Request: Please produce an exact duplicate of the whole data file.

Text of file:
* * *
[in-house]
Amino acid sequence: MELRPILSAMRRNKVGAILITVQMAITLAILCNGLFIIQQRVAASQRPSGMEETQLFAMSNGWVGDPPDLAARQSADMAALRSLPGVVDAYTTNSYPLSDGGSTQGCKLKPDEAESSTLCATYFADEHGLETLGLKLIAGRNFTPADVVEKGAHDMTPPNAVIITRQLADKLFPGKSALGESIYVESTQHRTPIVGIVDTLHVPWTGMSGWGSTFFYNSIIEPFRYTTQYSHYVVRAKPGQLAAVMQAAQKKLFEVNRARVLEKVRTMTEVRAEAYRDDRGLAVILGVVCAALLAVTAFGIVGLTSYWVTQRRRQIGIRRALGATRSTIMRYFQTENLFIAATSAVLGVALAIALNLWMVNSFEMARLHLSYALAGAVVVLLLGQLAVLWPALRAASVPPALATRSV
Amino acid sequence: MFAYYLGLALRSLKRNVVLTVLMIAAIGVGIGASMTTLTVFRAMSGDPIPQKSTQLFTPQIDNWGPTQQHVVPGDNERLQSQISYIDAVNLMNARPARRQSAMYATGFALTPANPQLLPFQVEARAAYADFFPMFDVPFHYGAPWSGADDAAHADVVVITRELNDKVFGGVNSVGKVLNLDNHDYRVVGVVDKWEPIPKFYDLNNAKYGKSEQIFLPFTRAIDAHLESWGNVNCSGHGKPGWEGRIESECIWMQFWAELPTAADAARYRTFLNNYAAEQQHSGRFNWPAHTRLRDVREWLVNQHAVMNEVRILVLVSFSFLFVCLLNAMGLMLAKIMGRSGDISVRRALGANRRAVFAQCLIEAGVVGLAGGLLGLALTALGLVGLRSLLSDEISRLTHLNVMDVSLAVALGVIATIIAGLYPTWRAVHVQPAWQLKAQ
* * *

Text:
[in-house]
Amino acid sequence: MELRPILSAMRRNKVGAILITVQMAITLAILCNGLFIIQQRVAASQRPSGMEETQLFAMSNGWVGDPPDLAARQSADMAALRSLPGVVDAYTTNSYPLSDGGSTQGCKLKPDEAESSTLCATYFADEHGLETLGLKLIAGRNFTPADVVEKGAHDMTPPNAVIITRQLADKLFPGKSALGESIYVESTQHRTPIVGIVDTLHVPWTGMSGWGSTFFYNSIIEPFRYTTQYSHYVVRAKPGQLAAVMQAAQKKLFEVNRARVLEKVRTMTEVRAEAYRDDRGLAVILGVVCAALLAVTAFGIVGLTSYWVTQRRRQIGIRRALGATRSTIMRYFQTENLFIAATSAVLGVALAIALNLWMVNSFEMARLHLSYALAGAVVVLLLGQLAVLWPALRAASVPPALATRSV
Amino acid sequence: MFAYYLGLALRSLKRNVVLTVLMIAAIGVGIGASMTTLTVFRAMSGDPIPQKSTQLFTPQIDNWGPTQQHVVPGDNERLQSQISYIDAVNLMNARPARRQSAMYATGFALTPANPQLLPFQVEARAAYADFFPMFDVPFHYGAPWSGADDAAHADVVVITRELNDKVFGGVNSVGKVLNLDNHDYRVVGVVDKWEPIPKFYDLNNAKYGKSEQIFLPFTRAIDAHLESWGNVNCSGHGKPGWEGRIESECIWMQFWAELPTAADAARYRTFLNNYAAEQQHSGRFNWPAHTRLRDVREWLVNQHAVMNEVRILVLVSFSFLFVCLLNAMGLMLAKIMGRSGDISVRRALGANRRAVFAQCLIEAGVVGLAGGLLGLALTALGLVGLRSLLSDEISRLTHLNVMDVSLAVALGVIATIIAGLYPTWRAVHVQPAWQLKAQ